1. The post-conviction claim that the district court erred in denying the defendant's motion to sever his trial from that of his co-defendants is procedurally barred because it was raised on direct appeal.
2. The post-conviction claim that the district court violated the rule in Apprendi v. New Jersey when it imposed consecutive sentences is procedurally barred because it could have been raised on direct appeal.
The opinion of the court was delivered by: Hanson, Justice.
Took no part, Anderson, G. Barry, J.
Considered and decided by the court en banc without oral argument.
Appellant Vernon Neal Powers seeks post-conviction review of his convictions of first-degree murder and first-degree assault in connection with the murders of Juan Ramirez and Raul Gutierrez, and the shooting of Benjamin Hernandez, on June 30, 2000, in Austin, Minnesota. The district court sentenced Powers to two mandatory life sentences for two first-degree premeditated murder convictions and a presumptive sentence of 86 months for the first-degree assault conviction, all sentences to run consecutively. Powers appeals from the order of the post-conviction court denying his petition without a hearing. He argues that the post-conviction court should have granted a hearing on his claim that he was prejudiced by the district court's refusal to sever his trial from that of two co-defendants and that the consecutive sentencing violated the rule in Apprendi v. New Jersey. Because all of the issues raised in this petition could have been raised in Powers' direct appeal, we affirm.
A detailed description of the facts can be found at State v. Powers, 654 N.W.2d 667 (Minn. 2003). Only the procedural history is relevant to this appeal. On direct appeal, this court affirmed Powers' convictions, concluding that (1) Powers did not suffer substantial prejudice from joinder of his trial with that of two co-defendants; (2) severance of the joined defendants was not necessary for a fair trial; (3) the district court did not abuse its discretion when limiting testimony in a Schwartz hearing; (4) disparaging comments by the prosecutor during closing remarks did not impair Powers' rights to a fair trial; (5) Powers' absence at three hearings was harmless error; (6) Powers was not denied effective assistance of counsel; and (7) Powers' rights to an impartial jury and adequate voir dire were not violated. Id. Powers did not challenge his sentence on direct appeal.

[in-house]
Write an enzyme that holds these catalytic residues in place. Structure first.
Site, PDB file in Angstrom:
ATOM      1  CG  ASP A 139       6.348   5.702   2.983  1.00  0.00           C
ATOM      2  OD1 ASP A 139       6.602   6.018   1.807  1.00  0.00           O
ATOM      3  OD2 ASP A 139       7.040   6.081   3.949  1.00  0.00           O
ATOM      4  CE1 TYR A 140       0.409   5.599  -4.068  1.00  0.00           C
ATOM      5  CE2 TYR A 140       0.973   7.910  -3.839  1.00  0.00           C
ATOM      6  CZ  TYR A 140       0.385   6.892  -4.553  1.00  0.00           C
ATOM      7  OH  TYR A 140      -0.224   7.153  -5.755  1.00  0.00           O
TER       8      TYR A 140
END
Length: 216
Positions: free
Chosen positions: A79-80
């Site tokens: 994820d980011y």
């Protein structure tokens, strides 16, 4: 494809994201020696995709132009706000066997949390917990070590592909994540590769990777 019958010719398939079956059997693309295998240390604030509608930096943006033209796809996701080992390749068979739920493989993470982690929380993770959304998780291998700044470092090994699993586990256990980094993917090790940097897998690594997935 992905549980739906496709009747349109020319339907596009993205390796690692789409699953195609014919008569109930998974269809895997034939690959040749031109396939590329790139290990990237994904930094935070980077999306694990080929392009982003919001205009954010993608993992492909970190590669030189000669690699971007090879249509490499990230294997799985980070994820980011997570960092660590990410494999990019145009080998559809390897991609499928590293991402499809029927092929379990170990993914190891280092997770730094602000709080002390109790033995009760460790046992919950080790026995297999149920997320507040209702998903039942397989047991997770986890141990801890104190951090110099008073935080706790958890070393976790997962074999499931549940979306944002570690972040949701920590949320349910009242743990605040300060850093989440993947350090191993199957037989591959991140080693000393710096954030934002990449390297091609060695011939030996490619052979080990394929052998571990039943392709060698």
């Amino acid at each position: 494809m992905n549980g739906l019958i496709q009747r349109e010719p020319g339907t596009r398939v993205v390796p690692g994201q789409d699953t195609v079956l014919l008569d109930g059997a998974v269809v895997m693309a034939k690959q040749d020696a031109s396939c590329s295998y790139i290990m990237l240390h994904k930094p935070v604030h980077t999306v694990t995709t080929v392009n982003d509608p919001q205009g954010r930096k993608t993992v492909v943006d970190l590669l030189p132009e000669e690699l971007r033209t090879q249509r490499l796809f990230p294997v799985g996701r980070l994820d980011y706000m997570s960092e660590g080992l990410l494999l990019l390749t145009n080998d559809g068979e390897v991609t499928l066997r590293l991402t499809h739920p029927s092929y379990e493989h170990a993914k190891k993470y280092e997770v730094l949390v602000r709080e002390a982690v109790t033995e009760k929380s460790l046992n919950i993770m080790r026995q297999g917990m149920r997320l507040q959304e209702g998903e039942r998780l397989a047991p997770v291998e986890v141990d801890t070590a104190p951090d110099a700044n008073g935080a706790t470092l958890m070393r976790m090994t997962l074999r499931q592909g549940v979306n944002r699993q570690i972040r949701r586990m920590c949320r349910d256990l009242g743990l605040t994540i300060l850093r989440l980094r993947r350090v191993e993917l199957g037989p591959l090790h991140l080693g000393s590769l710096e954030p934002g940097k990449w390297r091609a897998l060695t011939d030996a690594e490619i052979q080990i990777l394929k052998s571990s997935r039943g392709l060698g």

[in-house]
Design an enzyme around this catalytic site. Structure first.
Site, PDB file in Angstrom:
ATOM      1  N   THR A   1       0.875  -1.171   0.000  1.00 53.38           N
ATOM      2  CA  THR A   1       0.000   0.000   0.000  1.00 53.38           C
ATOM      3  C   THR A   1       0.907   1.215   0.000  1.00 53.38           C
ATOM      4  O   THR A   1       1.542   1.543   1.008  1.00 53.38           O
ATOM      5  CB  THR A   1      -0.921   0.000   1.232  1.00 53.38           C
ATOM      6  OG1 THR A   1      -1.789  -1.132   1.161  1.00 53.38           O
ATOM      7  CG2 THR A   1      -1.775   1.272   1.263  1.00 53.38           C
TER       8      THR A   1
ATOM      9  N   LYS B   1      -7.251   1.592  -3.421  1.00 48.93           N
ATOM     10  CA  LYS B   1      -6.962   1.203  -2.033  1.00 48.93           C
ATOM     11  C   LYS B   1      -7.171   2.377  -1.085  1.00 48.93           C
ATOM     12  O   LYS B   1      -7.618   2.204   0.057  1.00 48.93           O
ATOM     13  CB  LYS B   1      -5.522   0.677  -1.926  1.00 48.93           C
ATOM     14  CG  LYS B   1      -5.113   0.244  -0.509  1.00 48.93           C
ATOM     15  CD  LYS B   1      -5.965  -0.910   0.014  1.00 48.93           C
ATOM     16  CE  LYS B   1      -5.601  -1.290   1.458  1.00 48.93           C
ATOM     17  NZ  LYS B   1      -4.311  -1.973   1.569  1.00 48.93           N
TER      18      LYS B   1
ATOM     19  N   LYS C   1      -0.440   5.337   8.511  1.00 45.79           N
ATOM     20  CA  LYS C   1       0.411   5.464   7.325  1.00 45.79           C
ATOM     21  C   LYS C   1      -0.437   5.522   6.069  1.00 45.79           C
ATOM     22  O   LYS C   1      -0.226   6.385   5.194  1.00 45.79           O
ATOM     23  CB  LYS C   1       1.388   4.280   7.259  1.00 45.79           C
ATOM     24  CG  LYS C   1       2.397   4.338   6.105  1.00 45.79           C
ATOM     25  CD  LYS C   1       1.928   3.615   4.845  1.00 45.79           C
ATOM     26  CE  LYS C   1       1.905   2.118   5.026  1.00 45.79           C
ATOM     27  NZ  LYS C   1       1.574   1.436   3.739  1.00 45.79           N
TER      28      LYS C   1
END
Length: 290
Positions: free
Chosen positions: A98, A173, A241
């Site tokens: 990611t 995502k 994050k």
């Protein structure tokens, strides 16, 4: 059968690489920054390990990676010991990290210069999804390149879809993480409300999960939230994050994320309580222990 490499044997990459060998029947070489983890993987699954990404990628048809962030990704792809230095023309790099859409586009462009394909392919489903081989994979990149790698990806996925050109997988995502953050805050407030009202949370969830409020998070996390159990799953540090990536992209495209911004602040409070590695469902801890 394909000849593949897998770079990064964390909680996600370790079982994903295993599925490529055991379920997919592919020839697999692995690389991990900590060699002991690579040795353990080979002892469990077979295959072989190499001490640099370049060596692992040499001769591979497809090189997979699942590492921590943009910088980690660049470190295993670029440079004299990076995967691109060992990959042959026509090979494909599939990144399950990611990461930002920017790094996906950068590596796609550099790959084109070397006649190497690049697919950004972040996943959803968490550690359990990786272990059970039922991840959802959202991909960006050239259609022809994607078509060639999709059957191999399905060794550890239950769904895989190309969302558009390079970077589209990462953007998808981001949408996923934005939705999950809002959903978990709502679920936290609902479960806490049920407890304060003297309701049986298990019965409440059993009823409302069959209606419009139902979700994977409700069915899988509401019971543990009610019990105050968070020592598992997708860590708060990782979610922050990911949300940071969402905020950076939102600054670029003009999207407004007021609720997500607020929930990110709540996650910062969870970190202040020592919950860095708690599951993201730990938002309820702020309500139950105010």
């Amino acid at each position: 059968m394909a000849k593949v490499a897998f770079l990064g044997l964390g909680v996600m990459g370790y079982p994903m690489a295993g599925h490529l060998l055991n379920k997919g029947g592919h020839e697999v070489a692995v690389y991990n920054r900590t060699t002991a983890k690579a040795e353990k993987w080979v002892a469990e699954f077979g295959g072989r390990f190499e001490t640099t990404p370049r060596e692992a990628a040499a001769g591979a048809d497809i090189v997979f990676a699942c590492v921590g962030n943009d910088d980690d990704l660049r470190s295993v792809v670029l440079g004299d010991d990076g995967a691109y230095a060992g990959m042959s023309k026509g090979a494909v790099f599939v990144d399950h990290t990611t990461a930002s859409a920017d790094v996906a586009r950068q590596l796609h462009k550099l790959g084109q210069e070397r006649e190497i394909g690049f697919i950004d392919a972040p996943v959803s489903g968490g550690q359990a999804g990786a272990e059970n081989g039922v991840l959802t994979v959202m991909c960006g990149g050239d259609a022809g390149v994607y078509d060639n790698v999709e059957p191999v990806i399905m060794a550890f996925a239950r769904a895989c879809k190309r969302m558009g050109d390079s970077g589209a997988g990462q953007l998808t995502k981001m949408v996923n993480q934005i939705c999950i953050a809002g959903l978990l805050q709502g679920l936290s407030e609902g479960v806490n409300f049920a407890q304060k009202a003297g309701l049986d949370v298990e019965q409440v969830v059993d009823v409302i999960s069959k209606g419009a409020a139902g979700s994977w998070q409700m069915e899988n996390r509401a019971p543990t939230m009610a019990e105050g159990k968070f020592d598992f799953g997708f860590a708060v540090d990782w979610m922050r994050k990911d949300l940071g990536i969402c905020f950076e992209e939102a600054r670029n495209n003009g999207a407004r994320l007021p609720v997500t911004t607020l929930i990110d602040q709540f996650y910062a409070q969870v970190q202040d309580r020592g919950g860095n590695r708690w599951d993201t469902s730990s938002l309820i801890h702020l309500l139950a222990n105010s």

On December 16, 2003, Powers filed for post-conviction relief under Minn. Stat. § 590.02 (2002). The only new information he supplied with his petition was the affidavit of his co-defendant, David Christian, who stated that, had their trials been severed, Christian would have provided exculpatory testimony in Powers' trial.*fn1
The issue we must consider is whether the post-conviction court abused its discretion in summarily denying Powers' petition. "On appeal from a summary denial of post-conviction relief, we examine whether sufficient evidence exists to support the post-conviction court's findings and will reverse those findings only upon proof that the post-conviction court abused its discretion." Ives v. State, 655 N.W.2d 633, 635 (Minn. 2003). A post-conviction court must grant a timely hearing on a motion for post-conviction relief "[u]nless the petition and the files and records of the proceeding conclusively show that the petitioner is entitled to no relief[.]" Minn. Stat. § 590.04, subd. 1 (2002); see also State v. Rhodes, 627 N.W.2d 74, 86 (Minn. 2001). But, once a defendant has directly appealed his conviction, this court will not consider, in a subsequent post-conviction petition, any matters that were raised in the direct appeal or were known at the time of that appeal. State v. Knaffla, 309 Minn. 246, 252, 243 N.W.2d 737, 741 (1976). And a district court may summarily deny a petition for post-conviction relief "when the issues raised in it have previously been decided by the court of appeals or the supreme court in the same case." Minn. Stat. § 590.04, subd. 3 (2002).
Two exceptions to the Knaffla rule allow for post-conviction relief despite the fact that the claims could have been raised on direct appeal: (1) where a novel legal issue is presented; or (2) where the interests of fairness and justice require relief. Washington v. State, 675 N.W.2d 628, 630 (Minn. 2004). To justify a hearing on a novel legal issue, the claim must be so novel that its legal basis was not reasonably available to counsel at the time the direct appeal was taken. King v. State, 649 N.W.2d 149, 156 (Minn. 2002). Claims decided in the interests of justice require that the claims have substantive merit. Id. at 157-58.
Powers argues that he is entitled to a hearing on his claim of error in the failure to grant severance because "[s]everal factual conclusions" were "at least contestable" and "essential to its result." To support this assertion, Powers provided an affidavit of co-defendant David Christian, who avers that, if the trials had been severed, he would have testified at Powers' trial and would have offered exculpatory testimony that Powers was not involved in the Austin murders. ...